Assessing the Contribution of Informal Cross-Border Trade to Household Poverty Reduction in Malaba Town Council, Tororo District.
Adude, Onyokor Vicent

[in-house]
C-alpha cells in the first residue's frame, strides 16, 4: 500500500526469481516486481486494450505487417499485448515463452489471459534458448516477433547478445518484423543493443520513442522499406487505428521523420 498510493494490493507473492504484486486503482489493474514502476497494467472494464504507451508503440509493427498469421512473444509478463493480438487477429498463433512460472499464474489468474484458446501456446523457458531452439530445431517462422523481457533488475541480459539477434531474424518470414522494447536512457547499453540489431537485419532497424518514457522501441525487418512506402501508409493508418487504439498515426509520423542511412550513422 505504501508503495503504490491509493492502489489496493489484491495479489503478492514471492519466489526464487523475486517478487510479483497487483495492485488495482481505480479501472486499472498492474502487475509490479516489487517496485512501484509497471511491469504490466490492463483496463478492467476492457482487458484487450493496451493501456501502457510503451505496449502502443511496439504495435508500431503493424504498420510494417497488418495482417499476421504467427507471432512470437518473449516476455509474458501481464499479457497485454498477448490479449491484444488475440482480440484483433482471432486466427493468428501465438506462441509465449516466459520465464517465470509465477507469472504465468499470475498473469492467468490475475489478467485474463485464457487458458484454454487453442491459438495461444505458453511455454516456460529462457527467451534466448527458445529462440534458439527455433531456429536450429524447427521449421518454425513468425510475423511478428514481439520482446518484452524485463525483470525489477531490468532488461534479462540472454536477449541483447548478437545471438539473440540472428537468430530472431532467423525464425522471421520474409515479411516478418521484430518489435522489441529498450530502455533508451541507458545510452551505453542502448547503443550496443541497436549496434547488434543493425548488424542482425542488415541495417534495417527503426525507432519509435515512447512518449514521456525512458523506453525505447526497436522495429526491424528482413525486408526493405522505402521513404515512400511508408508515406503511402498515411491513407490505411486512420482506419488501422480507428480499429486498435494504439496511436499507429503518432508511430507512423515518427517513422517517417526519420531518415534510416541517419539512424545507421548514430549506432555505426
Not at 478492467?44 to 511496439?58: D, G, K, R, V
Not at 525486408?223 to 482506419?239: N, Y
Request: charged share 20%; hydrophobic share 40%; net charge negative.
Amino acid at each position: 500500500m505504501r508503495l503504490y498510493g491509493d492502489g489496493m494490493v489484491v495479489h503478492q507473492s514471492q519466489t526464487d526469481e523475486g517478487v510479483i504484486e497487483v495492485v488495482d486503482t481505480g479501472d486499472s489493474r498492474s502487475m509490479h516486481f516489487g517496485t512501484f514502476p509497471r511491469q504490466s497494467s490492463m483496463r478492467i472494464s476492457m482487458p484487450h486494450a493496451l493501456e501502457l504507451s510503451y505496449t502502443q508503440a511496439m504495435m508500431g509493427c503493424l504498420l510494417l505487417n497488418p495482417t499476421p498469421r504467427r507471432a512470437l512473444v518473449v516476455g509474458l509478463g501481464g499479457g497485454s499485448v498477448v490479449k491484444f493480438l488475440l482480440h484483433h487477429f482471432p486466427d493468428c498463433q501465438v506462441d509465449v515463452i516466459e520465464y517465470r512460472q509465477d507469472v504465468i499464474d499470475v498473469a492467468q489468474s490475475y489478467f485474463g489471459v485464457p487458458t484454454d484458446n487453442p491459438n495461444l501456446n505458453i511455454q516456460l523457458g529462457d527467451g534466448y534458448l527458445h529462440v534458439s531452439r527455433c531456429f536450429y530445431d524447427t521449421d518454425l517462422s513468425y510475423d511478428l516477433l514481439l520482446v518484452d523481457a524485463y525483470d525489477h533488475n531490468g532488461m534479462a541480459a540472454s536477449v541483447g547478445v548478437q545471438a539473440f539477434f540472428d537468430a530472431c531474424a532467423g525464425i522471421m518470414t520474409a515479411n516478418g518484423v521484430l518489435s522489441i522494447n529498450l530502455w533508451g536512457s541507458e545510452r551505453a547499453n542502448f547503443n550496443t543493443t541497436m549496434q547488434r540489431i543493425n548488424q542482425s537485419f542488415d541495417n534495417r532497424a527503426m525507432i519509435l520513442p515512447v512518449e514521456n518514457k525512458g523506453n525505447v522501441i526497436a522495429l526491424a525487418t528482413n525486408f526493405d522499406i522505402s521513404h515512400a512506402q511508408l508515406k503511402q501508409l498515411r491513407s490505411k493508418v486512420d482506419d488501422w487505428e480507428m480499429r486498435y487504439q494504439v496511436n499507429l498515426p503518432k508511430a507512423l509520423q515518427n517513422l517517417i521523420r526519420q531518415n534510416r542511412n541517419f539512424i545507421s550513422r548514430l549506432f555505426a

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ADUDE ONYOKOR VINCENT (2006-M033-10006) Assessing the Contribution of Informal Cross-Border Trade to Household Poverty Reduction in Malaba Town Council, Tororo District. Informal Cross-Border Trade (ICBT) has become a source of livelihood for border communities both employed and unemployed amidst the difficult socio-economic conditions which have affected living standards of the people. This study has explored the contribution of ICBT to household poverty reduction. The overall objective of this research was to assess the contribution of informal cross-border trade (ICBT) to poverty reduction in Malaba Town Council, Tororo district. The specific objectives were: to explore the extent and nature of ICBT in Malaba town, to examine the derived socio-economic benefits from ICBT and to examine the challenges and constraints faced by informal cross-border traders. The data for this research were collected from people engaged in ICBT, the study of written records and review of literature, key informants and observation. The written documents on ICBT, and scholarly works provided the background knowledge and conceptualisation of the study. In the survey methods of data collection, we interviewed 25 informal cross-border traders. The established informal traders gave us important insights into their experiences with ICBT. The study established the existence of a robust ICBT in Malaba town. It also identified the need for sources of livelihood as the key motivation for ICBT. The majority of the informal cross-border traders lack wage employment. The social economic profiles of these traders are not important in this business enterprise. The traders‟ levels of formal education do not determine the nature of cross-border trade. The study demonstrates that the sources of funding for launching and, sustaining cross-border trade are usually drawn from the personal and family savings. A small number of these traders apply and qualify for loans from financial institutions. Given the fact that family savings are meagre, the ICBTs import small quantities of goods. They transport their merchandise by public transport such as buses or coaches and/or on foot. The traders, most importantly, import essential and scarce commodities into their countries. Because the traders need income, they import goods that sell quickly in the markets and bring money quickly. The study has shown that the ICBT is a safety net for the unemployed people in border towns like Malaba. The trade provides sources of income to people without wage employment. More importantly, ICBT promotes entrepreneurship skills of people without formal education. The ICBT has a potential of transforming the traders into formal businessmen and women. The study has implications for those who view ICBT as merely a survival mechanism and strategy. The ICBT activities are significant and contribute immensely to household welfare. The study recommends the designing of appropriate policies to guide traders involved in ICBT which would impact positively on the local food security situation, attract investments in agro-processing, develop markets and transport infrastructure which could greatly contribute to poverty reduction. Key Words: Informal Cross-Border Trade, Household Poverty, Reduction Council, Tororo District.